Breakeroids Review

Breakeroids Review

Aug 15, 2013

Asteroids was an arcade game in the time when arcade games were a thing, rather than an obsolete, and incredibly vague genre definition. It was released by Atari in the ancient time of 1979, and was such a huge hit that Atari almost scrapped all of its other projects, concentrating on meeting the ridiculous demands on Asteroids. Although the game didn’t feature any iconic characters, or locations, its success was an important part in the video game industry becoming what it is now – an industry. Additionally, this game created a shoot-em-up genre that’s presented in huge numbers on the mobiles of today. Thus, it’s still warm in the collective memory of video game fans, and there are some people who actually draw inspiration from its simple, neon-like design. There are also some people who take it and smash against another classic Atari video game for kicks, like the ones that made Breakeroids.

breakeroids 1Breakeroids is absurdly simple, yet still interesting. It’s a mash-up between Breakout and Asteroids, and that’s it. The player controls a platform at the bottom of the screen, and has to launch a ball to smash the asteroids that are flying randomly at the top. Asteroids can’t reach the platform, though it still can be destroyed by a flying saucer that comes every once in a while and shoots lasers at it. At times, some power-ups and downs fall from the top of the screen, and can be caught, or evaded by the platform.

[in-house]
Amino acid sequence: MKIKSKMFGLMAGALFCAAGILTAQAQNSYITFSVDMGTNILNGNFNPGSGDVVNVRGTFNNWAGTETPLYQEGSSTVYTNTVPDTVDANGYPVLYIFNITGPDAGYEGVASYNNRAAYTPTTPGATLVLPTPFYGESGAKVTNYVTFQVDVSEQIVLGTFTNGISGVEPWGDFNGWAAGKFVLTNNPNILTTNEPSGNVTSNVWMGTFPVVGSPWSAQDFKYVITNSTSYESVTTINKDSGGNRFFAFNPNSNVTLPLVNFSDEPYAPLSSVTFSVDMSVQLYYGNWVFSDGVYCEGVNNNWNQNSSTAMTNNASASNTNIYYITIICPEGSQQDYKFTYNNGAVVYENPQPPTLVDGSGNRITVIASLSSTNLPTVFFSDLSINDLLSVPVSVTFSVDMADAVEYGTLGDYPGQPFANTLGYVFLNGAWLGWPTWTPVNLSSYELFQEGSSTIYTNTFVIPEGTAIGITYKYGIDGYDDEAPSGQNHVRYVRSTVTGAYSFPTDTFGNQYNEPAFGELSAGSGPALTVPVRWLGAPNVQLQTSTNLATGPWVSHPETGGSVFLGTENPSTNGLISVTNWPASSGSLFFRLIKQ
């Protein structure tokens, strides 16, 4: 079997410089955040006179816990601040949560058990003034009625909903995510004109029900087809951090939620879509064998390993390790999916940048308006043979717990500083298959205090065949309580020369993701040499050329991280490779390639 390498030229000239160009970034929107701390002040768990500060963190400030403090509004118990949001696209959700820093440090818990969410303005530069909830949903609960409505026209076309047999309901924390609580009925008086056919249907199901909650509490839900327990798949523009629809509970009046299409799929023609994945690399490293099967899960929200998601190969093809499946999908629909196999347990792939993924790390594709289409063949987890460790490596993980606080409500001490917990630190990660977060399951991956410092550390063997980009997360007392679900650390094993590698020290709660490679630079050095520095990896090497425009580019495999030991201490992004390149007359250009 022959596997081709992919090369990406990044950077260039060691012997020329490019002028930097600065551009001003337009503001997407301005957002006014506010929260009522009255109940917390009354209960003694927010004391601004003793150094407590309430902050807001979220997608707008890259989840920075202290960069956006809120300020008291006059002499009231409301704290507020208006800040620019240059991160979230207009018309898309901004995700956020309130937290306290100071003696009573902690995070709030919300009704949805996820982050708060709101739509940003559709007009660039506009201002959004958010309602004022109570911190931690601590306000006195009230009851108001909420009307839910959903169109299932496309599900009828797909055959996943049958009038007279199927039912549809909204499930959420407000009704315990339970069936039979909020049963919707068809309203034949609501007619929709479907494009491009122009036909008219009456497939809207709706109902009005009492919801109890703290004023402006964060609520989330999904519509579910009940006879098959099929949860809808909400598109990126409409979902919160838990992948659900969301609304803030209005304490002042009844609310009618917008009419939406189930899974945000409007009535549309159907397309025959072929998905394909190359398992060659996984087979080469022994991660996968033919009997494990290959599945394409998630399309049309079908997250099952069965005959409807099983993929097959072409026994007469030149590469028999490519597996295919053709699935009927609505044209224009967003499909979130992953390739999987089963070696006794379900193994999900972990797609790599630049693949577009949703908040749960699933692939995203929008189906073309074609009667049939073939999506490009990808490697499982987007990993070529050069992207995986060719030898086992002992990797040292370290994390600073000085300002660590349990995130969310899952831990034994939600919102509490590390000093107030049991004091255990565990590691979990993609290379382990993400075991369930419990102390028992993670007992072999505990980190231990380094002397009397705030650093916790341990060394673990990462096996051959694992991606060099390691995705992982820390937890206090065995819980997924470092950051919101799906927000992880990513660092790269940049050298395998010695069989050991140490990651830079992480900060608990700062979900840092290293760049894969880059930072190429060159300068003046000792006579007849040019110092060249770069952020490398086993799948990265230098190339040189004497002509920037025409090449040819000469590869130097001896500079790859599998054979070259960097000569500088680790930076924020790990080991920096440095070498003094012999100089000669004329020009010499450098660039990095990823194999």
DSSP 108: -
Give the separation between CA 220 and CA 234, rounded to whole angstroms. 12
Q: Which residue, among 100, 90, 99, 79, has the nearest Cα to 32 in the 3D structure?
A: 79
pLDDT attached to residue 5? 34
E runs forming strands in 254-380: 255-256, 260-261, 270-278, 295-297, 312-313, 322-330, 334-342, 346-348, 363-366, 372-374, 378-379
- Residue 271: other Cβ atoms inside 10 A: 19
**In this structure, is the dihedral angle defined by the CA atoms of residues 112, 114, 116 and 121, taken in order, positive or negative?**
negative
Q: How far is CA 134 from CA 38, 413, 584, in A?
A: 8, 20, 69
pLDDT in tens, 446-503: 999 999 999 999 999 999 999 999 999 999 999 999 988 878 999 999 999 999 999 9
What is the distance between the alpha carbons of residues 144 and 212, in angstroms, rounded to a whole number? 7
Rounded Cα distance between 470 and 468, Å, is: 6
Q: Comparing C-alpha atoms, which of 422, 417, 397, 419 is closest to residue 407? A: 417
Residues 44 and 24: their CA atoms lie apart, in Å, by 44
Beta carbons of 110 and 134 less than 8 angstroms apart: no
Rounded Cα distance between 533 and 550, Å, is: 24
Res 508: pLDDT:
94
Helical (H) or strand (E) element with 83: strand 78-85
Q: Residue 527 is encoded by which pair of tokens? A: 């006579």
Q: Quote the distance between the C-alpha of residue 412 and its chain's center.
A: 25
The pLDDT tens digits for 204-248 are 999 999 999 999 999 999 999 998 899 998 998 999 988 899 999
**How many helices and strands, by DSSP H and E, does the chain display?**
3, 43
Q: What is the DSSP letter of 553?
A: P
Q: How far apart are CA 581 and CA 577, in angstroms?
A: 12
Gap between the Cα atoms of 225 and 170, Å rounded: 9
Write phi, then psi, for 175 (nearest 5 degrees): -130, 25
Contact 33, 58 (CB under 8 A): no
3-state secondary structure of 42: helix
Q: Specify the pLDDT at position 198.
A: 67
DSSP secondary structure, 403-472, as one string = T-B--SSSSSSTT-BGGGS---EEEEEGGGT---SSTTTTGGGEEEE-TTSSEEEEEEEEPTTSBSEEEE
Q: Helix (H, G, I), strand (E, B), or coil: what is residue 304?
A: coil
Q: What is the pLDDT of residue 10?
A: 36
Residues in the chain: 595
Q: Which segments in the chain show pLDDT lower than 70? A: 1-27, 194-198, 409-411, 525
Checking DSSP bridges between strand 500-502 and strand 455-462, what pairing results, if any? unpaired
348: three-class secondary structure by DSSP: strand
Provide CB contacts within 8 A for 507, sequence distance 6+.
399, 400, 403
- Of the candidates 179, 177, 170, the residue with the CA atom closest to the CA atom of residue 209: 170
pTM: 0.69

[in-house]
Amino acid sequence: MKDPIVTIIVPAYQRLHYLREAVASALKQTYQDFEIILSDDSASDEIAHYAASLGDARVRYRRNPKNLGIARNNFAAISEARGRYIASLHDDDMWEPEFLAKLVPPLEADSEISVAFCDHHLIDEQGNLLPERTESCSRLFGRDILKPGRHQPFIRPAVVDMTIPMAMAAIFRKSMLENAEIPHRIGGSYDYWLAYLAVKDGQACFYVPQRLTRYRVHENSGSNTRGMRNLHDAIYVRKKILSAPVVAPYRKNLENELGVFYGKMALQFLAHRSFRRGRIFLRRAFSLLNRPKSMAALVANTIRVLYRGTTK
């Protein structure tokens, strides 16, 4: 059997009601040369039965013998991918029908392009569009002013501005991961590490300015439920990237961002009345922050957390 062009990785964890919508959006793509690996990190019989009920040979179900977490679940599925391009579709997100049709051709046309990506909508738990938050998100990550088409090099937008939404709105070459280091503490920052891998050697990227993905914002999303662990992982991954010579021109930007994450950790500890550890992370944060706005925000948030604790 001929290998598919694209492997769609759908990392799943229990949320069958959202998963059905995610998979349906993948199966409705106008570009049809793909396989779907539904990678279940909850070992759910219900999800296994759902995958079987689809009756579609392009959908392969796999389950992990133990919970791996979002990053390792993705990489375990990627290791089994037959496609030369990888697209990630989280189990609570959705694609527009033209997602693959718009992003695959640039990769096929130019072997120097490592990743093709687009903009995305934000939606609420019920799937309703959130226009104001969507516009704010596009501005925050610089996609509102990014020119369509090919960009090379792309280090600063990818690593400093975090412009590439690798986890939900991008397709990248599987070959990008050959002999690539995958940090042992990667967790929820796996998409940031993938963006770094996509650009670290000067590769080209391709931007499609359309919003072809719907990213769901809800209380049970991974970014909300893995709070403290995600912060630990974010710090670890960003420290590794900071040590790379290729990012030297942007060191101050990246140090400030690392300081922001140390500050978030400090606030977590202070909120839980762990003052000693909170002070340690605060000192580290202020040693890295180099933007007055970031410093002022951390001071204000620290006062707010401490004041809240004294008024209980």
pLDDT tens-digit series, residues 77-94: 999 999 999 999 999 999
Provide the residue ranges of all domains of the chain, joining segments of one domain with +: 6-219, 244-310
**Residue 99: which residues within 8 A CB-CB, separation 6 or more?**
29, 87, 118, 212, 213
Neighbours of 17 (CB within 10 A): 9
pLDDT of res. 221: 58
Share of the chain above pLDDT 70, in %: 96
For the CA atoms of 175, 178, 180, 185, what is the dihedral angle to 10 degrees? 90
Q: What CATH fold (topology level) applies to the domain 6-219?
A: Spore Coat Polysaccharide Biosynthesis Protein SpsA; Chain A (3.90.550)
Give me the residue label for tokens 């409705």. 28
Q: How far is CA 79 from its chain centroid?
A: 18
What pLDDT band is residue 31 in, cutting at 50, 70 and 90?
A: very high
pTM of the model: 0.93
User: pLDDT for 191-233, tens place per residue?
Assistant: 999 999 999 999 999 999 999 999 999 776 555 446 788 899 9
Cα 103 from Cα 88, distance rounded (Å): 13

When all of the asteroids and their chunks are destroyed, a new level is generated with some new asteroids. Breakeroids doesn’t try to surprise anyone, and only features the core gameplay of both arcade classics. The only real advancement that it has is an ability to restart the game from the latest wave, rather than from the beginning. It features same vector shapes and pre-8-bit sound design, so I’d say it has a very distinct, if unusual, style.

Minimalism of Breakeroids is both its main feature, and its primary flaw. It’s really quite repetitive, although it does trigger a trance-like peace of mind, prompting the player to play it on and on, until the end of time comes – or phone’s battery dies. It’s a ghost of the times past, and I’d only suggest picking it in the case of extreme nostalgia, or desire to see how the games were played in the age of Jimmy Carter and Margaret Thatcher. That said, Breakeroids is quite good.

Mars Defender: Space RPG Review

Mars Defender: Space RPG Review

Oct 28, 2011

Mars needs help! Well, not the planet itself, but the people who are living on it in the future, some 119 years from now. Humanity is branching out, occupying new places to live in the solar system. As you can imagine, however, not everything is peaceful and easy. As tensions rise and attacks escalate, you’ll find yourself in the midst of battle, going further into space to help keep the peace. It’s a difficult job, but it all starts with blasting space rocks.

In the beginning, you’re just a fresh recruit, learning the ropes and defending Mars from the small handful of incoming asteroids. But just because the first few levels are easy doesn’t mean it’ll stay that way. The game quickly increases in scope, offering you more difficult challenges, such as escorting freighter ships and fighting off enemy attackers. Even the simple task of clearing space debris becomes a challenge.

Between levels, you’re given a choice to pilot new ships, fight with better weapons and so forth. You’re even treated to the story as it unfolds, learning more about the conflict that’s going on and the role you play in it as fascinating events take place. However, one of the biggest challenges you’ll face is simply getting around without smacking into things.